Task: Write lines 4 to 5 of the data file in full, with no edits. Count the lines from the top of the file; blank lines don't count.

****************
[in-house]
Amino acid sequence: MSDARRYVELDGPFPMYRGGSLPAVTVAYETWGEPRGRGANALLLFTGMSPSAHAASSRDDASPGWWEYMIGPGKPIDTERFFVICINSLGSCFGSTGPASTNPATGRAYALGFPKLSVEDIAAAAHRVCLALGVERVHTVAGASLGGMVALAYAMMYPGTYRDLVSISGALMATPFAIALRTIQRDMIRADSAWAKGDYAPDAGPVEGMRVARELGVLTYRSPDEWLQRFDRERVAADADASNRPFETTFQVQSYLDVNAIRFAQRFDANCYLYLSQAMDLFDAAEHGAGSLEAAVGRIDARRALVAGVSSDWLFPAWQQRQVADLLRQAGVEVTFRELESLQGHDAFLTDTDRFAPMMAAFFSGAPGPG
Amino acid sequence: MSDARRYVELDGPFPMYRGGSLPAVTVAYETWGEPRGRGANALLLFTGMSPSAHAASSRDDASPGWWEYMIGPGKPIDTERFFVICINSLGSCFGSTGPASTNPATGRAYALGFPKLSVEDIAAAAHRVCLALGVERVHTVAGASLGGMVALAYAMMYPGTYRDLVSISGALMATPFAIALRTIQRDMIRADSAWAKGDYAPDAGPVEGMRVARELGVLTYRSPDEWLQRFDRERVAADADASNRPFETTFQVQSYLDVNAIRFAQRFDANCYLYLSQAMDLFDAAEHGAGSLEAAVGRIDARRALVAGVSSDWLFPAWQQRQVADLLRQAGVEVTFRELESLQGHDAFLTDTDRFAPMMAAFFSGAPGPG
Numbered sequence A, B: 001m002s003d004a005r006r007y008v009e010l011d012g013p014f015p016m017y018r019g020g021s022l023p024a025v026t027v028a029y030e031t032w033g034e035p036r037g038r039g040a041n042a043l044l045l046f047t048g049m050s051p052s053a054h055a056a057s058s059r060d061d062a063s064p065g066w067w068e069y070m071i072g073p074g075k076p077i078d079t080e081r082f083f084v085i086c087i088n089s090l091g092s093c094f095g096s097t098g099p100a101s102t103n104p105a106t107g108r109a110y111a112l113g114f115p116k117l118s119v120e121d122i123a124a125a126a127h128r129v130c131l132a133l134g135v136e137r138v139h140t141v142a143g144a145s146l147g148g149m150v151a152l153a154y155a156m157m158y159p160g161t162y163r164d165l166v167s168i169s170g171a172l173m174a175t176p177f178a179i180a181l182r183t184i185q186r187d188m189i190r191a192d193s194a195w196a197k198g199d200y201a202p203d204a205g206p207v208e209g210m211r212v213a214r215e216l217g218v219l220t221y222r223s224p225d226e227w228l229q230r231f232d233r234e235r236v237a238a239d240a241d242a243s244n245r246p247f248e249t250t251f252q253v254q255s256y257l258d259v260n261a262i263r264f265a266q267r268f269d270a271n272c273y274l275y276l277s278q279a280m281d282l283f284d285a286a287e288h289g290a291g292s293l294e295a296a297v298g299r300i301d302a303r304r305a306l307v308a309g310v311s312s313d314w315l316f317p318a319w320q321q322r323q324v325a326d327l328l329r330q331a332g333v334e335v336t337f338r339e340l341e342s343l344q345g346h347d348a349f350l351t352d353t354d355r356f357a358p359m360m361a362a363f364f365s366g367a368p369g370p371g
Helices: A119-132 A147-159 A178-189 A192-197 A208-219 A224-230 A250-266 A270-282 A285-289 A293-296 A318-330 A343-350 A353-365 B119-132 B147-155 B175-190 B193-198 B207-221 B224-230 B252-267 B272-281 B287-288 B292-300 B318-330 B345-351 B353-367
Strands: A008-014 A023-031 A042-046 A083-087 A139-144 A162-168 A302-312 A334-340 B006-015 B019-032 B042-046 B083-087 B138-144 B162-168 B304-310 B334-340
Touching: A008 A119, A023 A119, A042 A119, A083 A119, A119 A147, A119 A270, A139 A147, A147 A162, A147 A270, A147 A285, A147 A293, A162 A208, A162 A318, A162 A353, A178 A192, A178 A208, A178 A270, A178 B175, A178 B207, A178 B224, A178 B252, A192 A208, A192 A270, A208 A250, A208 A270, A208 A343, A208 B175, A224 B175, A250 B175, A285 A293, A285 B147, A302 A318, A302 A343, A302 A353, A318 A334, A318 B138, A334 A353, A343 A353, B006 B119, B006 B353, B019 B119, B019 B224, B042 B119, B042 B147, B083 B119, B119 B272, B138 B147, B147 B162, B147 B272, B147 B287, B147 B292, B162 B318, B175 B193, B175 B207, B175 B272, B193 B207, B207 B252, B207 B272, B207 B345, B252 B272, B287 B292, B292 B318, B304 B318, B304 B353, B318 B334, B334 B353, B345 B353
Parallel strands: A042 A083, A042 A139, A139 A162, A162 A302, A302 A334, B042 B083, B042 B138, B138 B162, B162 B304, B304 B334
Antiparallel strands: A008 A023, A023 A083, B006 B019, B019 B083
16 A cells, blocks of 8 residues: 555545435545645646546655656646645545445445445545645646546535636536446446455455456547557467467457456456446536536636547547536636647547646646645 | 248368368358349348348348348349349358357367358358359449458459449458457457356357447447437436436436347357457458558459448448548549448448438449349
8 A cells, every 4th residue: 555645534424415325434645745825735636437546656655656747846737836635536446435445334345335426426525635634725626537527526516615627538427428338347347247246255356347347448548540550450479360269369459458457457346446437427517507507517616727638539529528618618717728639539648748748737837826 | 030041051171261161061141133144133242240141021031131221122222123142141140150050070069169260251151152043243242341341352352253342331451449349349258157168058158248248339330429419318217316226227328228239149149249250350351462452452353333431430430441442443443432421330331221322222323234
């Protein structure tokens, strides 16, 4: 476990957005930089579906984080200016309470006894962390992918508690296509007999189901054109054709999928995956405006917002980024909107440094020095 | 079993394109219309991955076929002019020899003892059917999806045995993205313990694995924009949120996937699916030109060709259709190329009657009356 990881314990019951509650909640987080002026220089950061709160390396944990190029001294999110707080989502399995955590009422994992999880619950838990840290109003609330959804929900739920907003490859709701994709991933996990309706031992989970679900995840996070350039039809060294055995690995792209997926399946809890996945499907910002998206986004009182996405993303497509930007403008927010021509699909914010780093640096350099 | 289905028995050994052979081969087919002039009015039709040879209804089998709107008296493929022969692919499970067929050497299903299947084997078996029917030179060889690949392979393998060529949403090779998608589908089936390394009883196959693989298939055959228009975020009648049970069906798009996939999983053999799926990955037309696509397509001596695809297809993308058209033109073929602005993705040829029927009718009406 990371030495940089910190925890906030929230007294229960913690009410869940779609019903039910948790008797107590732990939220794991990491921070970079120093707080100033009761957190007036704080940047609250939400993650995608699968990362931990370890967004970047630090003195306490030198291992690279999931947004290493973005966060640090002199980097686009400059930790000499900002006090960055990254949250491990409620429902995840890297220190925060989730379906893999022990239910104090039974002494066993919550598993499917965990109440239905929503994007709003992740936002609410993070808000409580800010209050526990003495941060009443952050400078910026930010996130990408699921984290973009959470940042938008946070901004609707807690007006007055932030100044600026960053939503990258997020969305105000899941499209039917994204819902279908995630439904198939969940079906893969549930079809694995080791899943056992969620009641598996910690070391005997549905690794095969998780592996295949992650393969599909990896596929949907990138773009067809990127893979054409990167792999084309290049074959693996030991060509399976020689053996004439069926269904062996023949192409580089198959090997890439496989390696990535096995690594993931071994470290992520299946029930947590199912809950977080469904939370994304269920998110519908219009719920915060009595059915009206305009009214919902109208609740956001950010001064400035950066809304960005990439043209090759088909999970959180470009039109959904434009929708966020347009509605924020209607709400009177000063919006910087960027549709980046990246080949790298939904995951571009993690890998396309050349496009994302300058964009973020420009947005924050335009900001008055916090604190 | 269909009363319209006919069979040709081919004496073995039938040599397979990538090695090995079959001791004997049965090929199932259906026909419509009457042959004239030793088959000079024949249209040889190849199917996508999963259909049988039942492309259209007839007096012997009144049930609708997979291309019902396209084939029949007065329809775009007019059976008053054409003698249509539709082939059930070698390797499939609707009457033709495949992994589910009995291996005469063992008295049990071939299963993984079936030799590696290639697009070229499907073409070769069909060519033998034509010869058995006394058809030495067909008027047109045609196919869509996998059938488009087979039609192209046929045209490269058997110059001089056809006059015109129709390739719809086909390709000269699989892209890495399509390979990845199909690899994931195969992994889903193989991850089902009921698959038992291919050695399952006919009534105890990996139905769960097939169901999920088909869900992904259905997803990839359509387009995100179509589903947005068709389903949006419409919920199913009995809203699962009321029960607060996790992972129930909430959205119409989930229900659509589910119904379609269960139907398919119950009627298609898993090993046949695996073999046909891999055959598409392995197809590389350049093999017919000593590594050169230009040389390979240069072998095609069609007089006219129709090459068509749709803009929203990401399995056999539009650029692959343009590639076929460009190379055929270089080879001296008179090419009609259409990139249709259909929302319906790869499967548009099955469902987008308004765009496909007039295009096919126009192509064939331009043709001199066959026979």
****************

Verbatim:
Numbered sequence A, B: 001m002s003d004a005r006r007y008v009e010l011d012g013p014f015p016m017y018r019g020g021s022l023p024a025v026t027v028a029y030e031t032w033g034e035p036r037g038r039g040a041n042a043l044l045l046f047t048g049m050s051p052s053a054h055a056a057s058s059r060d061d062a063s064p065g066w067w068e069y070m071i072g073p074g075k076p077i078d079t080e081r082f083f084v085i086c087i088n089s090l091g092s093c094f095g096s097t098g099p100a101s102t103n104p105a106t107g108r109a110y111a112l113g114f115p116k117l118s119v120e121d122i123a124a125a126a127h128r129v130c131l132a133l134g135v136e137r138v139h140t141v142a143g144a145s146l147g148g149m150v151a152l153a154y155a156m157m158y159p160g161t162y163r164d165l166v167s168i169s170g171a172l173m174a175t176p177f178a179i180a181l182r183t184i185q186r187d188m189i190r191a192d193s194a195w196a197k198g199d200y201a202p203d204a205g206p207v208e209g210m211r212v213a214r215e216l217g218v219l220t221y222r223s224p225d226e227w228l229q230r231f232d233r234e235r236v237a238a239d240a241d242a243s244n245r246p247f248e249t250t251f252q253v254q255s256y257l258d259v260n261a262i263r264f265a266q267r268f269d270a271n272c273y274l275y276l277s278q279a280m281d282l283f284d285a286a287e288h289g290a291g292s293l294e295a296a297v298g299r300i301d302a303r304r305a306l307v308a309g310v311s312s313d314w315l316f317p318a319w320q321q322r323q324v325a326d327l328l329r330q331a332g333v334e335v336t337f338r339e340l341e342s343l344q345g346h347d348a349f350l351t352d353t354d355r356f357a358p359m360m361a362a363f364f365s366g367a368p369g370p371g
Helices: A119-132 A147-159 A178-189 A192-197 A208-219 A224-230 A250-266 A270-282 A285-289 A293-296 A318-330 A343-350 A353-365 B119-132 B147-155 B175-190 B193-198 B207-221 B224-230 B252-267 B272-281 B287-288 B292-300 B318-330 B345-351 B353-367